If you mean anyone living or dead, I would want to have dinner with Ray Bradbury. I love his writing style and, of course, he was the master when it came to short stories. I had the opportunity to hear him speak once. He was just as wonderful in person. One of my favorite quotes of his is, “We are cups, constantly and quietly being filled. The trick is knowing how to tip ourselves over and let the beautiful stuff out.” Fahrenheit 451 is one of my all time favorite books. I’ve decided that if I were a character in that book and had to choose a book to personally become, it would be Animal Farm by George Orwell. So George Orwell can also join us for dinner!

What are you reading right now? Do you have any book recommendations for the young adult/ new adult reader?
I’m currently reading Station Eleven by Emily St. Jon Mandel. The books on my nightstand that are next up are Invisible Planets, edited by Ken Liu and The Hidden Life of Trees, by Peter Wohlleben. For a YA reader who likes a murder mystery with a paranormal twist I would definitely recommend The Lie Tree by Frances Hardinge. 


Spine Chillers: Hair-Raising Tales by Q.L. Pearce

About the Book

The town of Saltlick Bluff is famous for an urban legend. Does the spirit of a young girl wait on a misty cliff-hugging highway for her ride to the prom?

In the house on Beech Street a terrible tragedy occurred. Now neighbors won’t look at the place as they pass. Those who live nearby draw their blinds and shutter their windows after dark. What are they afraid of?

Hale Hallow Woods seems sinister and menacing even in the light of day. Does a thirst for revenge beat near its dark heart?

The answers lie within these pages, just waiting to send a chill up your spine!

Excerpt from Spine Chillers

 The House on Beech Street

Jason stepped inside. The air within was tainted with an odor that made him gag.
“What is that smell?” he asked putting his hand to his face.
“What smell?” Mike responded. Thomas just shrugged his shoulders.
“Do you know the story of the Carlson’s?” The woman didn’t wait for an answer before she continued. “They were a typical family. The little girl, Anisa, took ballet lessons. The boy, Junior, played baseball. Some people said he had the talent to go far as an athlete … that is … if he’d lived.”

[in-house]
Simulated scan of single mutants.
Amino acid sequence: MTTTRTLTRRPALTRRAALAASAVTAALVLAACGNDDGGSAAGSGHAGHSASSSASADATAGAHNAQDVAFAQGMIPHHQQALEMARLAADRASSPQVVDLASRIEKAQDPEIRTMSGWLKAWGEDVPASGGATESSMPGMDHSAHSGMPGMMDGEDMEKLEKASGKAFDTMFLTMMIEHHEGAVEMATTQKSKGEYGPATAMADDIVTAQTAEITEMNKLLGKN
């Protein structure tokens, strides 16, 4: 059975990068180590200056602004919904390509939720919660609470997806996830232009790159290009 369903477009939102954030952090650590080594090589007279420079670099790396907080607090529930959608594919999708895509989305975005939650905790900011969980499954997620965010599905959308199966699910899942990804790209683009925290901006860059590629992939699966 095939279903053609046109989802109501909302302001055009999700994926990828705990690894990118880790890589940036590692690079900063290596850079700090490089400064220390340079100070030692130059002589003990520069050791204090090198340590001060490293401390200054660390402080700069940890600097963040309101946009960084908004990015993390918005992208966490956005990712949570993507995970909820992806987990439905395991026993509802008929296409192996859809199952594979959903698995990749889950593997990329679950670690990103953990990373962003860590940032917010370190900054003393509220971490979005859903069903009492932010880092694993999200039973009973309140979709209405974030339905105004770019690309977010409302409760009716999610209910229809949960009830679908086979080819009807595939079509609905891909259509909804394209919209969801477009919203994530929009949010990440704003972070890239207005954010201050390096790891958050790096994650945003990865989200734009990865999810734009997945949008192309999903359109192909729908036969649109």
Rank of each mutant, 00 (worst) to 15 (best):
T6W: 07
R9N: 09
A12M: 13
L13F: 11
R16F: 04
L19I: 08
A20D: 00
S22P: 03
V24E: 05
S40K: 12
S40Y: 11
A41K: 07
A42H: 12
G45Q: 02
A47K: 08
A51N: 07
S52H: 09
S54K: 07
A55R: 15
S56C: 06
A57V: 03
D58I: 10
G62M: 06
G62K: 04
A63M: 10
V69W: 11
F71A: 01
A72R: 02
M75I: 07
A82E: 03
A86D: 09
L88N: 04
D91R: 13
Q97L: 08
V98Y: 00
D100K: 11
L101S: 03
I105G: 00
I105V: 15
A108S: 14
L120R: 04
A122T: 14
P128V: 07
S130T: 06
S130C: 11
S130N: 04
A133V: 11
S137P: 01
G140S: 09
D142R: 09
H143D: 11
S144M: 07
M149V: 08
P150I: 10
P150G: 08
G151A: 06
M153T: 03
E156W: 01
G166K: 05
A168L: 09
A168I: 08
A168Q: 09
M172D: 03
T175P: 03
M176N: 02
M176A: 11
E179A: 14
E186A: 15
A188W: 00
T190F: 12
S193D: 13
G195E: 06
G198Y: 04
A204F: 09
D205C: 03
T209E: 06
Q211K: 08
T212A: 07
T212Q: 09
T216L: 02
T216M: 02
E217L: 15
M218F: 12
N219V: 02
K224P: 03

The group entered the kitchen. The table was set for five as if the family would be sitting down for breakfast any minute. Jason noticed a pitcher’s mitt on one of the chairs.
“He was a lefty,” he said to no one in particular.
“Mr. Carlson’s mother slept in the spare room. She was an invalid and needed a lot of care. Mr. Carlson and his wife had quarreled about it that fateful morning and he’d left early. When he came home he found his wife in that very chair.” She pointed to the one at the end of the table. “He’d brought her flowers and wanted to apologize. It took him a few moments to realize she was dead. It seems she had taken a handful of sleeping pills with her tea. The police found the rest of the family in the basement along with a cracked, bloody baseball bat.”
“What happened to the dad?” Mike asked.
“They found him two days later hanging from the tree in the backyard. He’d left a note that said he wasn’t alone in the house. The neighbors claimed they heard noises late at night … screaming. You’ll notice that the houses on both sides are now empty. No one wants to live near this place.” She paused and looked in the direction of the front entrance. “Sometimes I can’t wait to leave.”
Motioning for the boys to follow, the woman moved from the kitchen into a dimly lit hallway. She opened the first door on the left. “This was the grandmother’s room.” Jason was hit with a wave of a smell like rotting fish.
Excerpt from Spine Chillers, by Q.L. Pearce
Copyright © Glass Apple Press 2016.